Kenai vies for All-America title

Next month, more than a dozen Kenai residents will travel to Missouri seeking a second All-America City designation.


The Kenai delegation rehearsed its 10-minute presentation at Wednesday's Chamber of Commerce lunch, complete with singing, bear suits and fishing vests. The group aims to repeat Kenai's success in the 1992 All-America City competition, when the presentation focused on building projects. Kenai was looking to develop its infrastructure at that time.

"We're hooked on Kenai," the delegation will tell people from around the country when they compete in Kansas City on June 15, explaining the city's efforts to protect water and wildlife.

Christine Cunningham, co-chair of the city's team and assistant to the city manager, said the competition organized by the National Civic League asks cities to reflect on problems and how each city has solved them.

"The All-America City competition is a civic pride competition," Cunningham said.

Kenai's group will start by talking about the most fundamental element of the city -- water. The delegation also will talk about the interactions between bears and humans, and the Caring for the Kenai competition that encourages local students to tackle environmental issues in the community.

The Kenai delegation relies on youth and longtime residents to share the city's story. Perhaps the biggest surprise is a bear that stands on two legs and never dives into a trash can filled with goodies. At the end of the presentation, he takes off his hat and introduces himself to start the question-and-answer period. It's City Manager Rick Koch.

The traveling team members aren't the only people who have helped the city prepare for the competition, Cunningham said. The leadership class at Kenai Central High School assisted the city with making and packing items for the civic fair, where Kenai gets to give out small items to visitors from other cities. Local businesses have also helped out.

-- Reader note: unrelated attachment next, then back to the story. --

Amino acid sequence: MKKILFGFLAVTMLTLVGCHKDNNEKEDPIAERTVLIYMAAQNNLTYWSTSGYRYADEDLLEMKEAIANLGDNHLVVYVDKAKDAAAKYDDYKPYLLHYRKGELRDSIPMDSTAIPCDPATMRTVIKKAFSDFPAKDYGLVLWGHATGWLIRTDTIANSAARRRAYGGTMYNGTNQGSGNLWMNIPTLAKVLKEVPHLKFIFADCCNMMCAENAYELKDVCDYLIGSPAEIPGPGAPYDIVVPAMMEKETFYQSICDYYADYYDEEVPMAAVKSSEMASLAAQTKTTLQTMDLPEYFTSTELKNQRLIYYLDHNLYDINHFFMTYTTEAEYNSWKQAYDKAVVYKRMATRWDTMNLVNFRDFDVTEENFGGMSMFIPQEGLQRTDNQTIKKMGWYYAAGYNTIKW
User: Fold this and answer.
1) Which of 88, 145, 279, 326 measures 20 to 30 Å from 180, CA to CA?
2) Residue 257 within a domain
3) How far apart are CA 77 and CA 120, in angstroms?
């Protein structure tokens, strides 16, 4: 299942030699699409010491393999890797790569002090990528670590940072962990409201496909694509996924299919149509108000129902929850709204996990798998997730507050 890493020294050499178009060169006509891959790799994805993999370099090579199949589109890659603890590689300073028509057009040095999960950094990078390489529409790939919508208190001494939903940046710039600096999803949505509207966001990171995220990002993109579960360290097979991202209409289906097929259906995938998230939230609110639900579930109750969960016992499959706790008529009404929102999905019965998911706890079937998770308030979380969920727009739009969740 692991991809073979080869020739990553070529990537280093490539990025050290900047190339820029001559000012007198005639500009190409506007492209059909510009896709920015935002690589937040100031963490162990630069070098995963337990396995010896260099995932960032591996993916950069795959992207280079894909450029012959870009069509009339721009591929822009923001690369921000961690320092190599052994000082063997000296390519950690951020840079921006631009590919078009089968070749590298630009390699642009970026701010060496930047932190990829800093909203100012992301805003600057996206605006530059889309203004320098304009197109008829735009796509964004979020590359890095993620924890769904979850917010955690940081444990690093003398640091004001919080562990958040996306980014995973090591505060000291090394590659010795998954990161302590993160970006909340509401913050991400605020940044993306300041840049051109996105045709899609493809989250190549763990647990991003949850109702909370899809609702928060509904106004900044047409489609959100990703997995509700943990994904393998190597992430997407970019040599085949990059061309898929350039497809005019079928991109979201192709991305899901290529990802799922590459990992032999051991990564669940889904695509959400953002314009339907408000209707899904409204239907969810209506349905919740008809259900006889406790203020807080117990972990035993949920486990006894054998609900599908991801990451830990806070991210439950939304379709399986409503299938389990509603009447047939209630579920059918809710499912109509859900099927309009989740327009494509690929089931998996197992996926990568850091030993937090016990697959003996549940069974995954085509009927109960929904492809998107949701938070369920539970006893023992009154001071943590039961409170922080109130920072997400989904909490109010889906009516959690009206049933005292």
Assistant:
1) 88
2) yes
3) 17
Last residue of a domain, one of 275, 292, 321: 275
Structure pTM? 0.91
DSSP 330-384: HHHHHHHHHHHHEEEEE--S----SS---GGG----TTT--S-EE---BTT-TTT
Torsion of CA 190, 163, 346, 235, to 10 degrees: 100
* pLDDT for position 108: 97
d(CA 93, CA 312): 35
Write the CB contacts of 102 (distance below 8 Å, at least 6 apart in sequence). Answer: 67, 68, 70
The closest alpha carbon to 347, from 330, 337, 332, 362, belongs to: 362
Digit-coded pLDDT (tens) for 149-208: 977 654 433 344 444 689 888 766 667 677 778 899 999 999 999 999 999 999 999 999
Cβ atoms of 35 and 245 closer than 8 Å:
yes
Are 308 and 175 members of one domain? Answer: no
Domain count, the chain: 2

"We've had a lot of donations from the community," Cunningham said.

The community support could pay off in the form of increased tourism, better bond ratings and other perks if the city receives the All-America designation, Cunningham said at the lunch.

Besides just promoting the city, Cunningham said the competition is a good chance to network. Because the competition focuses on problems and how to solve them, communities share a lot of good ideas, she said.

Mary Jo Joiner, the other co-chair, and Cunningham attended the competition last year to get a feel for how to put together Kenai's entry.

Out of 60 applicants for the All-America designation, 26 were selected as finalists. Those teams will compete in Kansas City, and 10 will be named All-America Cities for 2011.

Kenai's delegation heads to Missouri on June 14, has an opportunity for a dress rehearsal on June 15 and competes at 8 a.m. June 16. The finalists present in alphabetical order by state. With no cities from Alabama and just one from Alaska, Kenai will be the first to present.

In addition to being on the presentation team, Hannah Coffman, the student representative on city council this year and a recent KCHS graduate, and Kelsie Leaf, this year's Caring for the Kenai winner, will also represent the city in another part of the competition -- a youth leadership forum. They're also eligible for a youth award given by the National Civic League.

"I'm blown away," Cunningham said of their qualifications. "Hannah and Kelsie are both outstanding individuals."

Anchorage, Seward, Valdez, Fairbanks, Ketchikan, Kotzebue and St. George Island have all received the designation in the past. With a designation, Kenai would be the fourth Alaska city to receive the honor twice. Valdez has been honored twice and Seward three times, while Anchorage has nabbed the designation four times.


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